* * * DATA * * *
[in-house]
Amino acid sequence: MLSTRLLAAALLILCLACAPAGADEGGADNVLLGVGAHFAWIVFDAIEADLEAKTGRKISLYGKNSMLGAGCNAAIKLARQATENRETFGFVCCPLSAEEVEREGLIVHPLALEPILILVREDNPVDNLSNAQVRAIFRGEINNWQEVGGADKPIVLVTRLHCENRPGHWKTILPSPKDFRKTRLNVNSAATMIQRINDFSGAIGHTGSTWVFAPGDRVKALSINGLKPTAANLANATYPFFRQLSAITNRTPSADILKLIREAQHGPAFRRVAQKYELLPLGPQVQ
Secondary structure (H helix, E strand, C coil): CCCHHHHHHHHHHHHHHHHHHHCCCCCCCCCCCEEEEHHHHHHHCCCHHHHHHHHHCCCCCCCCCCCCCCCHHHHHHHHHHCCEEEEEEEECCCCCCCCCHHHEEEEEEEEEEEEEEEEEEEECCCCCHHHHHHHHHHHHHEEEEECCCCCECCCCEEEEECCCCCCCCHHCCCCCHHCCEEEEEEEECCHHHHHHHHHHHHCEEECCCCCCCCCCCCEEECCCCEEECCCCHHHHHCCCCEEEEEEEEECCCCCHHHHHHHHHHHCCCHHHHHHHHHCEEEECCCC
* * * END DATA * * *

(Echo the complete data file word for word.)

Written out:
[in-house]
Amino acid sequence: MLSTRLLAAALLILCLACAPAGADEGGADNVLLGVGAHFAWIVFDAIEADLEAKTGRKISLYGKNSMLGAGCNAAIKLARQATENRETFGFVCCPLSAEEVEREGLIVHPLALEPILILVREDNPVDNLSNAQVRAIFRGEINNWQEVGGADKPIVLVTRLHCENRPGHWKTILPSPKDFRKTRLNVNSAATMIQRINDFSGAIGHTGSTWVFAPGDRVKALSINGLKPTAANLANATYPFFRQLSAITNRTPSADILKLIREAQHGPAFRRVAQKYELLPLGPQVQ
Secondary structure (H helix, E strand, C coil): CCCHHHHHHHHHHHHHHHHHHHCCCCCCCCCCCEEEEHHHHHHHCCCHHHHHHHHHCCCCCCCCCCCCCCCHHHHHHHHHHCCEEEEEEEECCCCCCCCCHHHEEEEEEEEEEEEEEEEEEEECCCCCHHHHHHHHHHHHHEEEEECCCCCECCCCEEEEECCCCCCCCHHCCCCCHHCCEEEEEEEECCHHHHHHHHHHHHCEEECCCCCCCCCCCCEEECCCCEEECCCCHHHHHCCCCEEEEEEEEECCCCCHHHHHHHHHHHCCCHHHHHHHHHCEEEECCCC